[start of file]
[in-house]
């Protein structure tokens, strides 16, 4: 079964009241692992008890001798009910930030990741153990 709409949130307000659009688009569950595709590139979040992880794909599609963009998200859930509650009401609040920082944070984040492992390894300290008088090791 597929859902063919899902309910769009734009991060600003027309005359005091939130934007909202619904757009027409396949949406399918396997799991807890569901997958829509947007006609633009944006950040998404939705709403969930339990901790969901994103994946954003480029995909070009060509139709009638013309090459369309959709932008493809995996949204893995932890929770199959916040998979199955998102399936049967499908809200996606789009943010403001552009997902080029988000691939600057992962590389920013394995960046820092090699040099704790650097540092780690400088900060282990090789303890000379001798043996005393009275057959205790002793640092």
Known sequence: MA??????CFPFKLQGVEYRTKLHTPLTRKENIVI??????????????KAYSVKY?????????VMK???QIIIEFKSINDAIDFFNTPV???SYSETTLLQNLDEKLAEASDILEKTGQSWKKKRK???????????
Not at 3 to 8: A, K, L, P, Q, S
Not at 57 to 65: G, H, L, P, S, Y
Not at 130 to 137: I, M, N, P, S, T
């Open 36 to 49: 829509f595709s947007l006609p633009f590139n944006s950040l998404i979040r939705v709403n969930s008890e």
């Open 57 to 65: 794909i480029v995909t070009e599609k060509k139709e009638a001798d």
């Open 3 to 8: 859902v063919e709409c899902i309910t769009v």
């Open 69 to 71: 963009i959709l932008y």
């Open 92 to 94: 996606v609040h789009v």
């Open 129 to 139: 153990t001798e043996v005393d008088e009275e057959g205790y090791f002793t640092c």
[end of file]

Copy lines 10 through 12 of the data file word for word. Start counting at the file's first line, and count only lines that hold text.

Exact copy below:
């Open 69 to 71: 963009i959709l932008y």
């Open 92 to 94: 996606v609040h789009v």
């Open 129 to 139: 153990t001798e043996v005393d008088e009275e057959g205790y090791f002793t640092c």